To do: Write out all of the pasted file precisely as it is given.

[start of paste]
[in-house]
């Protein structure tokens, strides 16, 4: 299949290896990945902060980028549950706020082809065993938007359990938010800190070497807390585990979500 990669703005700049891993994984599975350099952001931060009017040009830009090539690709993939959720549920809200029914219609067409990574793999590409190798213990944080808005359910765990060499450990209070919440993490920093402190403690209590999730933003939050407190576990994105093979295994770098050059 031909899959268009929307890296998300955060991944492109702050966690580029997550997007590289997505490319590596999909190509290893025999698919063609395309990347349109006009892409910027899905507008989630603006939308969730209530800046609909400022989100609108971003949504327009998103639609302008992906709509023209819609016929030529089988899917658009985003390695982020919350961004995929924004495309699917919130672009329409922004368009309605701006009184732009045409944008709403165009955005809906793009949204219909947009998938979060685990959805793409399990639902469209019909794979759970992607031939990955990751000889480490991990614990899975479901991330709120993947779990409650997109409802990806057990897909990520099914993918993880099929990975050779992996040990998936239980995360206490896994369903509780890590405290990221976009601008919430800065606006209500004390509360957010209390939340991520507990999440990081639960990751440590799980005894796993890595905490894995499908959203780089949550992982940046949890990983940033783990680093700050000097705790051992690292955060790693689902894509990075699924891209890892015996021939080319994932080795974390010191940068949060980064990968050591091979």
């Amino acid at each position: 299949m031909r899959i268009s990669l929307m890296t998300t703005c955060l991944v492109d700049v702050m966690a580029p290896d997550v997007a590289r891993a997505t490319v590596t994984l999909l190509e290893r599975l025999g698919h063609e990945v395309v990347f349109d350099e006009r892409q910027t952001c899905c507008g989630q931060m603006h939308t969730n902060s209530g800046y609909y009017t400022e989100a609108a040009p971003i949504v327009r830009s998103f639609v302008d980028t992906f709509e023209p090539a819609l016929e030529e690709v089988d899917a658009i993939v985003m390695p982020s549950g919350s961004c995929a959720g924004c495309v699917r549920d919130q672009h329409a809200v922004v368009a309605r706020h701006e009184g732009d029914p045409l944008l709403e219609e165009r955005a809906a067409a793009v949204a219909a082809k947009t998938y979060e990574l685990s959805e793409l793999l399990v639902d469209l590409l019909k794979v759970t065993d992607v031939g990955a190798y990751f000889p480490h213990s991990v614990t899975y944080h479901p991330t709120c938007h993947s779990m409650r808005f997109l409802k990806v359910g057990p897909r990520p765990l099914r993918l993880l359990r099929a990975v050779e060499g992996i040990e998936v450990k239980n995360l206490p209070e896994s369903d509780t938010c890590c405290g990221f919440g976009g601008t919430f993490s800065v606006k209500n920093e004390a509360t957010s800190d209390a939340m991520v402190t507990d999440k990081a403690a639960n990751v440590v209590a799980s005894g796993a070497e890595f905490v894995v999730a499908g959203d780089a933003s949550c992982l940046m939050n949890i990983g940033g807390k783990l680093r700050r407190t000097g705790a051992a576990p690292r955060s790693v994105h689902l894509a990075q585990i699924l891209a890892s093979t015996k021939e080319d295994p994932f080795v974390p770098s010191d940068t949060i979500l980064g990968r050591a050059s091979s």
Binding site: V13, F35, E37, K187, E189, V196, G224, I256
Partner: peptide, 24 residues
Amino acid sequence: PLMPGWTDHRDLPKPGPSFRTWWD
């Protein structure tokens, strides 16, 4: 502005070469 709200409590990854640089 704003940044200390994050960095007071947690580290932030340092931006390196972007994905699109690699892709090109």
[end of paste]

[in-house]
């Protein structure tokens, strides 16, 4: 299949290896990945902060980028549950706020082809065993938007359990938010800190070497807390585990979500 990669703005700049891993994984599975350099952001931060009017040009830009090539690709993939959720549920809200029914219609067409990574793999590409190798213990944080808005359910765990060499450990209070919440993490920093402190403690209590999730933003939050407190576990994105093979295994770098050059 031909899959268009929307890296998300955060991944492109702050966690580029997550997007590289997505490319590596999909190509290893025999698919063609395309990347349109006009892409910027899905507008989630603006939308969730209530800046609909400022989100609108971003949504327009998103639609302008992906709509023209819609016929030529089988899917658009985003390695982020919350961004995929924004495309699917919130672009329409922004368009309605701006009184732009045409944008709403165009955005809906793009949204219909947009998938979060685990959805793409399990639902469209019909794979759970992607031939990955990751000889480490991990614990899975479901991330709120993947779990409650997109409802990806057990897909990520099914993918993880099929990975050779992996040990998936239980995360206490896994369903509780890590405290990221976009601008919430800065606006209500004390509360957010209390939340991520507990999440990081639960990751440590799980005894796993890595905490894995499908959203780089949550992982940046949890990983940033783990680093700050000097705790051992690292955060790693689902894509990075699924891209890892015996021939080319994932080795974390010191940068949060980064990968050591091979």
């Amino acid at each position: 299949m031909r899959i268009s990669l929307m890296t998300t703005c955060l991944v492109d700049v702050m966690a580029p290896d997550v997007a590289r891993a997505t490319v590596t994984l999909l190509e290893r599975l025999g698919h063609e990945v395309v990347f349109d350099e006009r892409q910027t952001c899905c507008g989630q931060m603006h939308t969730n902060s209530g800046y609909y009017t400022e989100a609108a040009p971003i949504v327009r830009s998103f639609v302008d980028t992906f709509e023209p090539a819609l016929e030529e690709v089988d899917a658009i993939v985003m390695p982020s549950g919350s961004c995929a959720g924004c495309v699917r549920d919130q672009h329409a809200v922004v368009a309605r706020h701006e009184g732009d029914p045409l944008l709403e219609e165009r955005a809906a067409a793009v949204a219909a082809k947009t998938y979060e990574l685990s959805e793409l793999l399990v639902d469209l590409l019909k794979v759970t065993d992607v031939g990955a190798y990751f000889p480490h213990s991990v614990t899975y944080h479901p991330t709120c938007h993947s779990m409650r808005f997109l409802k990806v359910g057990p897909r990520p765990l099914r993918l993880l359990r099929a990975v050779e060499g992996i040990e998936v450990k239980n995360l206490p209070e896994s369903d509780t938010c890590c405290g990221f919440g976009g601008t919430f993490s800065v606006k209500n920093e004390a509360t957010s800190d209390a939340m991520v402190t507990d999440k990081a403690a639960n990751v440590v209590a799980s005894g796993a070497e890595f905490v894995v999730a499908g959203d780089a933003s949550c992982l940046m939050n949890i990983g940033g807390k783990l680093r700050r407190t000097g705790a051992a576990p690292r955060s790693v994105h689902l894509a990075q585990i699924l891209a890892s093979t015996k021939e080319d295994p994932f080795v974390p770098s010191d940068t949060i979500l980064g990968r050591a050059s091979s």
Binding site: V13, F35, E37, K187, E189, V196, G224, I256
Partner: peptide, 24 residues
Amino acid sequence: PLMPGWTDHRDLPKPGPSFRTWWD
């Protein structure tokens, strides 16, 4: 502005070469 709200409590990854640089 704003940044200390994050960095007071947690580290932030340092931006390196972007994905699109690699892709090109």